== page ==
On the question of whether it’s now easier to establish a tech career as a woman, Dame Stephanie defines it as “less difficult”. The main changes for women in the technology industry since her early days are that the difficulties have moved from legal restrictions to cultural ones.

She feels that more needs to be done to draw girls to technology as a subject and career, and this should be from a very young age. As the PwC research highlighted, by the age of 16 upwards, most young women have discounted a career in technology. A multi-pronged approach is needed to solve this problem, according to Dame Stephanie. This includes more subject mentors for young girls; early exposure to STEM; and a shift in primary school education to expand technology teaching and ensure it’s inclusive for girls.

Later in the chain, she would like to see more positive efforts to get women interested in STEM subjects, and more funding for women-led businesses.

While the proportion of women in tech hasn’t changed much since the new millennium – and has actually decreased since Dame Stephanie’s time working in the sector - there is now much more focus on diversity, equity and inclusion within the industry, with many initiatives to support, attract and retain women and people from other underrepresented groups. There are many reasons why it makes sense to recruit from all prospective workers, as Dame Stephanie notes:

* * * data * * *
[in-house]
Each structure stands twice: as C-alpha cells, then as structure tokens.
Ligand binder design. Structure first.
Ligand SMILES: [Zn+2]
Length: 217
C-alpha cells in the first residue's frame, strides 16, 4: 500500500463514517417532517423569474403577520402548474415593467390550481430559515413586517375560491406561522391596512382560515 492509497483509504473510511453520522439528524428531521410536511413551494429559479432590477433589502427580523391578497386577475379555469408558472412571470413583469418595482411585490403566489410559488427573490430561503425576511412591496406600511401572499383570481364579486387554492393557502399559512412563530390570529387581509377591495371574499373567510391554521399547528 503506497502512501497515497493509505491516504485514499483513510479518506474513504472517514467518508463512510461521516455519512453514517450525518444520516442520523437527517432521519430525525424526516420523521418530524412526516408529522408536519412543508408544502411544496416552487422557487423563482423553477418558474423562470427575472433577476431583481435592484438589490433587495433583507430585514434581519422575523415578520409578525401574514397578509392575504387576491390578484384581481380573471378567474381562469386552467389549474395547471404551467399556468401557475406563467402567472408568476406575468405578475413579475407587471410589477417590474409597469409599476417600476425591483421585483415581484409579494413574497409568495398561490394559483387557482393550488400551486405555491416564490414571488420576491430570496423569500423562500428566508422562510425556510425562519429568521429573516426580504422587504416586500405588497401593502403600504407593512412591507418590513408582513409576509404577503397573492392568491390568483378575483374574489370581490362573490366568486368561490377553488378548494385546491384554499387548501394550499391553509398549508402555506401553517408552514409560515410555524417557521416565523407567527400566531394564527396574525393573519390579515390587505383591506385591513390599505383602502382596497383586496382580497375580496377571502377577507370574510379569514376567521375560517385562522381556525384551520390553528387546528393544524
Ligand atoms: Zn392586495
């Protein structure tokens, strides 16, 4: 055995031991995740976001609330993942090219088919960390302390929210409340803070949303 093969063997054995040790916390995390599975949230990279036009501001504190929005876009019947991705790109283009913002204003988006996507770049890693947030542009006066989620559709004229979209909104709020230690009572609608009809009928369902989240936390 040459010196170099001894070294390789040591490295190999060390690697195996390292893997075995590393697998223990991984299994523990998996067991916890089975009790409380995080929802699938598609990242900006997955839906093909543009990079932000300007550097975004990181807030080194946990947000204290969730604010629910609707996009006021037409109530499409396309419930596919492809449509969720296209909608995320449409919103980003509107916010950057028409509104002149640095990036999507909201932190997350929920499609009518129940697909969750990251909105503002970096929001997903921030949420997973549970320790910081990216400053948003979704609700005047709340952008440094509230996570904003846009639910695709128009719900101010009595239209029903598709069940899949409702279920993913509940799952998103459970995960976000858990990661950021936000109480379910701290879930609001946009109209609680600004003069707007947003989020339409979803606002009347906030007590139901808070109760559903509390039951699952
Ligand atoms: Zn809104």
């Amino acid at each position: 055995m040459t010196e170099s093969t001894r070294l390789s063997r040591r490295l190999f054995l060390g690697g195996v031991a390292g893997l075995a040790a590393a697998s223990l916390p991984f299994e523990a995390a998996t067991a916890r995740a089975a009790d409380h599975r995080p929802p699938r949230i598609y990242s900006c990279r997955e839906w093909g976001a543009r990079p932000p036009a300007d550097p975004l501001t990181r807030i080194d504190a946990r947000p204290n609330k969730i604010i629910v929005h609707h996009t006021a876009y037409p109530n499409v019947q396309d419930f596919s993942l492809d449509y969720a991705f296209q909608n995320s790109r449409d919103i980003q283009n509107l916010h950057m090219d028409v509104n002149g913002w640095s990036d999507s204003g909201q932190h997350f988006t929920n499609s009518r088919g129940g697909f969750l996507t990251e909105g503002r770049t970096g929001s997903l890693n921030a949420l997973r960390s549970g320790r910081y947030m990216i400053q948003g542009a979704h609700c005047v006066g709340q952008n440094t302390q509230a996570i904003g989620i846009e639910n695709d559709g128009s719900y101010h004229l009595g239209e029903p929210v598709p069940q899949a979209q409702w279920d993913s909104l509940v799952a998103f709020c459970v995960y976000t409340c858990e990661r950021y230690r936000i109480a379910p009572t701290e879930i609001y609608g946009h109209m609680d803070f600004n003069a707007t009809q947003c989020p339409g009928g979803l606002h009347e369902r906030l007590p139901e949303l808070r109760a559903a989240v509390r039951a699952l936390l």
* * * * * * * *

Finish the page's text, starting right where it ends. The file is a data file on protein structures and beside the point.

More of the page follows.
A number of quality studies show the numerate benefits. There’s the potential to reduce recruitment and attrition costs. Some nations already restrict access to contracts to organisations with gender diversity, and that will increasingly extend to their supply chains. And if you don’t have diversity and your policies are challenged, it eats up staff time in litigation.

Although Dame Stephanie no longer runs a technology business, she is pleased to continue to act as a role model for women in technology and as a general advocate for diversity. And she adds:

And to shatter the myth of what the older woman does or does not do!